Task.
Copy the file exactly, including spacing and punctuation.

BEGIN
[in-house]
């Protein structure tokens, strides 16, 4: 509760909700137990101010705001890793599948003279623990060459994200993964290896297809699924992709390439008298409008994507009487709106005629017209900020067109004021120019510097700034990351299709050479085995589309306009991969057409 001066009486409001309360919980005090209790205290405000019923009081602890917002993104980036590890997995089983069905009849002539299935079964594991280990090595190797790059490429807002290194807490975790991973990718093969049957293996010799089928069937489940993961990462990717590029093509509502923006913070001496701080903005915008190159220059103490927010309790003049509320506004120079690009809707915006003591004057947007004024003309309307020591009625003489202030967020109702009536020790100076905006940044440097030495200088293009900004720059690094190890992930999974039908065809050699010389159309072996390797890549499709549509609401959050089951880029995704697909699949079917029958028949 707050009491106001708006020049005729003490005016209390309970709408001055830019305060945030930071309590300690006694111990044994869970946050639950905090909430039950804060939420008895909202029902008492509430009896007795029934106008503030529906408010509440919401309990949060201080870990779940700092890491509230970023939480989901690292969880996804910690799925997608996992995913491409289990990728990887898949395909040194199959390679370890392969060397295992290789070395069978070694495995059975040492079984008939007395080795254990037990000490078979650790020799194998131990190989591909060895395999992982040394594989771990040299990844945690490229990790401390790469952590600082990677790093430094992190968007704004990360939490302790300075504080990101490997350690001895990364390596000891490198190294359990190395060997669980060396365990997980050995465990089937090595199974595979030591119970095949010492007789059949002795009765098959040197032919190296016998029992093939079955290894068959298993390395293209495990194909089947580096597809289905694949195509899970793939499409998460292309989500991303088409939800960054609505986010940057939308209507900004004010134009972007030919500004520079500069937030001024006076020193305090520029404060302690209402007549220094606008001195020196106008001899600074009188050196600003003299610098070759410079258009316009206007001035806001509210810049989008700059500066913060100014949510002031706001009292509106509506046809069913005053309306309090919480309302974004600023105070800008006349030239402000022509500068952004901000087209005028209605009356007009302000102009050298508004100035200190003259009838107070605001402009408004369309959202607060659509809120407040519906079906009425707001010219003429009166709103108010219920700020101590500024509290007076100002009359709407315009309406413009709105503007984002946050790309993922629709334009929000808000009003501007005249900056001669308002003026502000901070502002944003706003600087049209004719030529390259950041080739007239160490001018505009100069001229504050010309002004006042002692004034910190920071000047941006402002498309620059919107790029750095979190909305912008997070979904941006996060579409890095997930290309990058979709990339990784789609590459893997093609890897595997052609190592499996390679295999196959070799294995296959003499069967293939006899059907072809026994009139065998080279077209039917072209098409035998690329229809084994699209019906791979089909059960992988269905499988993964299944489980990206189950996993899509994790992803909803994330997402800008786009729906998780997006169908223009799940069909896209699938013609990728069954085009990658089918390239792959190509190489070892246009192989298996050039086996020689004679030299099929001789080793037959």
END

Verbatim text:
[in-house]
């Protein structure tokens, strides 16, 4: 509760909700137990101010705001890793599948003279623990060459994200993964290896297809699924992709390439008298409008994507009487709106005629017209900020067109004021120019510097700034990351299709050479085995589309306009991969057409 001066009486409001309360919980005090209790205290405000019923009081602890917002993104980036590890997995089983069905009849002539299935079964594991280990090595190797790059490429807002290194807490975790991973990718093969049957293996010799089928069937489940993961990462990717590029093509509502923006913070001496701080903005915008190159220059103490927010309790003049509320506004120079690009809707915006003591004057947007004024003309309307020591009625003489202030967020109702009536020790100076905006940044440097030495200088293009900004720059690094190890992930999974039908065809050699010389159309072996390797890549499709549509609401959050089951880029995704697909699949079917029958028949 707050009491106001708006020049005729003490005016209390309970709408001055830019305060945030930071309590300690006694111990044994869970946050639950905090909430039950804060939420008895909202029902008492509430009896007795029934106008503030529906408010509440919401309990949060201080870990779940700092890491509230970023939480989901690292969880996804910690799925997608996992995913491409289990990728990887898949395909040194199959390679370890392969060397295992290789070395069978070694495995059975040492079984008939007395080795254990037990000490078979650790020799194998131990190989591909060895395999992982040394594989771990040299990844945690490229990790401390790469952590600082990677790093430094992190968007704004990360939490302790300075504080990101490997350690001895990364390596000891490198190294359990190395060997669980060396365990997980050995465990089937090595199974595979030591119970095949010492007789059949002795009765098959040197032919190296016998029992093939079955290894068959298993390395293209495990194909089947580096597809289905694949195509899970793939499409998460292309989500991303088409939800960054609505986010940057939308209507900004004010134009972007030919500004520079500069937030001024006076020193305090520029404060302690209402007549220094606008001195020196106008001899600074009188050196600003003299610098070759410079258009316009206007001035806001509210810049989008700059500066913060100014949510002031706001009292509106509506046809069913005053309306309090919480309302974004600023105070800008006349030239402000022509500068952004901000087209005028209605009356007009302000102009050298508004100035200190003259009838107070605001402009408004369309959202607060659509809120407040519906079906009425707001010219003429009166709103108010219920700020101590500024509290007076100002009359709407315009309406413009709105503007984002946050790309993922629709334009929000808000009003501007005249900056001669308002003026502000901070502002944003706003600087049209004719030529390259950041080739007239160490001018505009100069001229504050010309002004006042002692004034910190920071000047941006402002498309620059919107790029750095979190909305912008997070979904941006996060579409890095997930290309990058979709990339990784789609590459893997093609890897595997052609190592499996390679295999196959070799294995296959003499069967293939006899059907072809026994009139065998080279077209039917072209098409035998690329229809084994699209019906791979089909059960992988269905499988993964299944489980990206189950996993899509994790992803909803994330997402800008786009729906998780997006169908223009799940069909896209699938013609990728069954085009990658089918390239792959190509190489070892246009192989298996050039086996020689004679030299099929001789080793037959």